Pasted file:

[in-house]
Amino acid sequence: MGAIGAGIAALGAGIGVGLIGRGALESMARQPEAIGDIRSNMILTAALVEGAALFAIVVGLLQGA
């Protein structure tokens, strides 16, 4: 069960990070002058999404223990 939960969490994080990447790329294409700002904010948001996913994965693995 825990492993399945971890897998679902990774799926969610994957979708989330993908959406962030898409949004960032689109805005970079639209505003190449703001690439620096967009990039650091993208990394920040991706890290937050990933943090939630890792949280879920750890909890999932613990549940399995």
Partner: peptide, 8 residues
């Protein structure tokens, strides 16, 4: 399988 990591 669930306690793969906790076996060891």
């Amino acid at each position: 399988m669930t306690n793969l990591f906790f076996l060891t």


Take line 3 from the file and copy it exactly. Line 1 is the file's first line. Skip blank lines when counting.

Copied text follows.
């Protein structure tokens, strides 16, 4: 069960990070002058999404223990 939960969490994080990447790329294409700002904010948001996913994965693995 825990492993399945971890897998679902990774799926969610994957979708989330993908959406962030898409949004960032689109805005970079639209505003190449703001690439620096967009990039650091993208990394920040991706890290937050990933943090939630890792949280879920750890909890999932613990549940399995």